If you’re wondering how to cook dry black beans without soaking – I have good news – it’s easy.
Although I am a big fan of canned beans because they save me time, there’s just something different and better about dry beans.
Dry beans have an intense bean flavor, a thick sauce when cooked, and they are extremely affordable. You can get about 2 cups of (dry) beans for under a buck – which can make enough portions for a family.
Although you can soak black beans, you can skip over the process. All you’ll need is a dutch oven and a few hours for perfectly tender beans.
How To Make Black Bean Sauce Thicker
To create some thickness to the black bean sauce, crush some of the beans with a potato masher or fork.
You can also continue to cook the beans with the lid slightly ajar for more time. Additionally, adding a pinch of cornstarch or all-purpose flour works too.
More Recipes With Beans
How To Cook Dry Black Beans (No Soak)
There’s nothing complicated about making dry black beans from scratch.
However, my biggest tip is to stir occasionally, check on your beans often, and do a taste/texture taste throughout the cook to see if it’s ready for your liking.
If you’re wondering if you can use salt or stock for your beans – the answer is a resounding “yes.”
Don’t listen to the internet about your beans being left hard when cooked with salted water – that has been debunked.
I’ve been making black beans from scratch for a while now and my beans came out tender every time.
I personally enjoy using a stock, which I make from a not-beef bouillion cube. However, you can use just salt, any kind of seasoning or spice, and even add aromatics including crushed garlic and chopped onions.
What To Add To Stewed Black Beans
- Bay Leaf
- Smoked Paprika
- Black Pepper
- Garlic Powder
- Onion Powder
- Red Pepper Flakes
- Garam Masala
Why Are My Beans Still Hard?
If your beans are still tough, they might need to cook for much longer. I personally find that the beans need to cook for at least 2-3 hours to yield tender inside and stable outside black beans.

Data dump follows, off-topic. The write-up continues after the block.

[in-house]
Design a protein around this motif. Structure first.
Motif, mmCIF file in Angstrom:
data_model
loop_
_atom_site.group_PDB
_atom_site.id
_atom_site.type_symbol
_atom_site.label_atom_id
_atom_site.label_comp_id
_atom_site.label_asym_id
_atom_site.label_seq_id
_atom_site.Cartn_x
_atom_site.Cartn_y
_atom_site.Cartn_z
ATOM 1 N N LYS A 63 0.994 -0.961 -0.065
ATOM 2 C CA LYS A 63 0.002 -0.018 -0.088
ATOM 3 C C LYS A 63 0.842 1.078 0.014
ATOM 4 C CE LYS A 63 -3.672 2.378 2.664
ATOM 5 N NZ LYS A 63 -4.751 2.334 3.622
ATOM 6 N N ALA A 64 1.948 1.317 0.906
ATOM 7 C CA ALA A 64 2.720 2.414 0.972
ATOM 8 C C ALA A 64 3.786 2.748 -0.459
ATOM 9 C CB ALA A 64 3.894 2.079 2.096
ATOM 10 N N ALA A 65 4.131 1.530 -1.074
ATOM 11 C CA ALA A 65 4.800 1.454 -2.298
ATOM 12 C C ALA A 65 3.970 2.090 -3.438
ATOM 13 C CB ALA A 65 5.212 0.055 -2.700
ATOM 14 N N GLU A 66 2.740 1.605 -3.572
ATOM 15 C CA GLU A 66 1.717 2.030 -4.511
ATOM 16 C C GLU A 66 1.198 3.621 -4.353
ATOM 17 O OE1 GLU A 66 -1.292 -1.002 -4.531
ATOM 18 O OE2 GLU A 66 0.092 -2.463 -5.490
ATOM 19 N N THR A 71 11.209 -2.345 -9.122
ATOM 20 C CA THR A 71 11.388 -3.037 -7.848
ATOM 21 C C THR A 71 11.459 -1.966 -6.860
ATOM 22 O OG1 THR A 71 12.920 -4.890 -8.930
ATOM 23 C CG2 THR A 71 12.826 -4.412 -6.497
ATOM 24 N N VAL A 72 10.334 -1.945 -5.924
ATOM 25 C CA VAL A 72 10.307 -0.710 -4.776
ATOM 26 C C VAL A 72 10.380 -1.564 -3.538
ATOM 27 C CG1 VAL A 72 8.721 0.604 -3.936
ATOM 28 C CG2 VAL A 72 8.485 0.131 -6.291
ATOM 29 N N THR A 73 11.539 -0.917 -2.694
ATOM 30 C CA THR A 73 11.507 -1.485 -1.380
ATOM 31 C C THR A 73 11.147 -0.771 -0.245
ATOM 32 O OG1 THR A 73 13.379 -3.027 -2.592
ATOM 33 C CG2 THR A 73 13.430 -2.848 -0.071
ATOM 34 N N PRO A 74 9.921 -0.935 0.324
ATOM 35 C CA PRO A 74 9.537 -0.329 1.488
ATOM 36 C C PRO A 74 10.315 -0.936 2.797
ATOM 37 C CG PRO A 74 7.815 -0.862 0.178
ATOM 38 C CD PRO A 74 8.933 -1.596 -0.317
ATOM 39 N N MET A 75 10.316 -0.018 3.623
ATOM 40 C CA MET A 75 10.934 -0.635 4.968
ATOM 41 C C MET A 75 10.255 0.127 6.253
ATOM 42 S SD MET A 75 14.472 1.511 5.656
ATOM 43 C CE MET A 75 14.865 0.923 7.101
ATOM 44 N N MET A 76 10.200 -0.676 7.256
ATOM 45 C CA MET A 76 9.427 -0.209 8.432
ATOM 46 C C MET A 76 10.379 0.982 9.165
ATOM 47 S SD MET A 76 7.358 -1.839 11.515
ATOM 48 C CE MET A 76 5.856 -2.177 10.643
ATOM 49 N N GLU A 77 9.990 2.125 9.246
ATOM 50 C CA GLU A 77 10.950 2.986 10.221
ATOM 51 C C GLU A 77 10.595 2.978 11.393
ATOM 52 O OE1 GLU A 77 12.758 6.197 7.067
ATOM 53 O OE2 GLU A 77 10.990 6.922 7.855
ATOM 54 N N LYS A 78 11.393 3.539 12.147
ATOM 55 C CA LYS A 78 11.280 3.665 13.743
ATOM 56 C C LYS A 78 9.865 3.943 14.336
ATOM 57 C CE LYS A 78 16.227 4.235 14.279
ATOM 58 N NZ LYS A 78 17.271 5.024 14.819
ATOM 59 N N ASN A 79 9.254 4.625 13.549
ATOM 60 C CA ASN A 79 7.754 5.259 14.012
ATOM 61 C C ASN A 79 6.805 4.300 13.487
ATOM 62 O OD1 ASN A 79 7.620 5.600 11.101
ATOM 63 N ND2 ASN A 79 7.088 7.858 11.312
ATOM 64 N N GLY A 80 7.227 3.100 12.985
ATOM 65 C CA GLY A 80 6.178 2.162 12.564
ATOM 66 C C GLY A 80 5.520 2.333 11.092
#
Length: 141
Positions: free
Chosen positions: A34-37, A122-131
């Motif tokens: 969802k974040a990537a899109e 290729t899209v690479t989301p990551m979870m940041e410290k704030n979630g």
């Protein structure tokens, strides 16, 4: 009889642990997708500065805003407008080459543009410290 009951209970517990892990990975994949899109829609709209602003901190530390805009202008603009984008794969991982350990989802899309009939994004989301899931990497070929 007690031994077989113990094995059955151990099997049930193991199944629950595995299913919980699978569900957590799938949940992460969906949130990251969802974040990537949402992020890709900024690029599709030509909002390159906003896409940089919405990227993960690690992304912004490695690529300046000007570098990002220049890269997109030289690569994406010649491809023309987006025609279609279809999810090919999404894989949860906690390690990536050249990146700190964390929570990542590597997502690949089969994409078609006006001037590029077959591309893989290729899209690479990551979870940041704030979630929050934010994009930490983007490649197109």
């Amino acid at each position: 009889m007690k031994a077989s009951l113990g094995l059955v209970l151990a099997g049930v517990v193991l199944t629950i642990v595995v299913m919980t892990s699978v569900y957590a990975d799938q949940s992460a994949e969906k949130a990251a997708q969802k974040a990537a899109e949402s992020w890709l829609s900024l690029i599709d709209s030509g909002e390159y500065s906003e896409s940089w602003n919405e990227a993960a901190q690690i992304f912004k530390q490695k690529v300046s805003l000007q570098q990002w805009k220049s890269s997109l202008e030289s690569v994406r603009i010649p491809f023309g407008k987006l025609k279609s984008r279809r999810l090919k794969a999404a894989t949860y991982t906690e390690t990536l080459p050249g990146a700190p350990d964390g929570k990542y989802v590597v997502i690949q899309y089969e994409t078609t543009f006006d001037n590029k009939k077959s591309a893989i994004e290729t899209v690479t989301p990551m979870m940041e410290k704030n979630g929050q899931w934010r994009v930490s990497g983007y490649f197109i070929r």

But – there’s a big but to the cook-time.
The cook time can vary due to the tap water you’re using. If you’re using filtered water, the cooking time should be at around 1.5 hours.
In my case, I have my suspicions that my water is on the harder side. So it takes me a few hours to get black beans done. Two hours should be enough if all the cooking stars align.
I find the sweet spot to be at around 3.5 hours.
If you’ve cooked your beans for plenty of hours and they are still tough, they might be older beans.
What Ways To Use Black Beans
Once your black beans are done cooking, they can be used in a number of ways. My favorite to just serve is straight over a bed of white rice.
Because I love the bean gravy or sauce, I like to keep around for extra flavor in a chili or soup.
If I am going for a breakfast dish, I mix black beans into scrambled tofu with other vegetables. Or, scoop the beans over toasted bread
Other ways to include black beans:
How To Store
The beans can also be stored in the freezer for up to 2 months
How To Cook Dry Black Beans (No Soak)
- Rinse and pick out and foreign objects from the black beans.
- In a dutch oven or large pot over high heat, stir together black beans and stock. Once at a boil, lower to a simmer, about medium-low to medium.
- Cover pot and simmer beans for at least 1.5 hours. If you have harder water, it may take longer to cook. Occasionally stir and as the beans begin to peak out and show above the liquid, add about a cup of water at a time. You might have to do this a few times.
- Test the flavor and the texture of the beans throughout the cook. The beans should be creamy and tender on the inside, with a stable outside. Optional: add ingredients including salt, pepper, other spices and a bay leaf for more flavor.
Did you try out this Dry Black Beans (No Soak) soup recipe?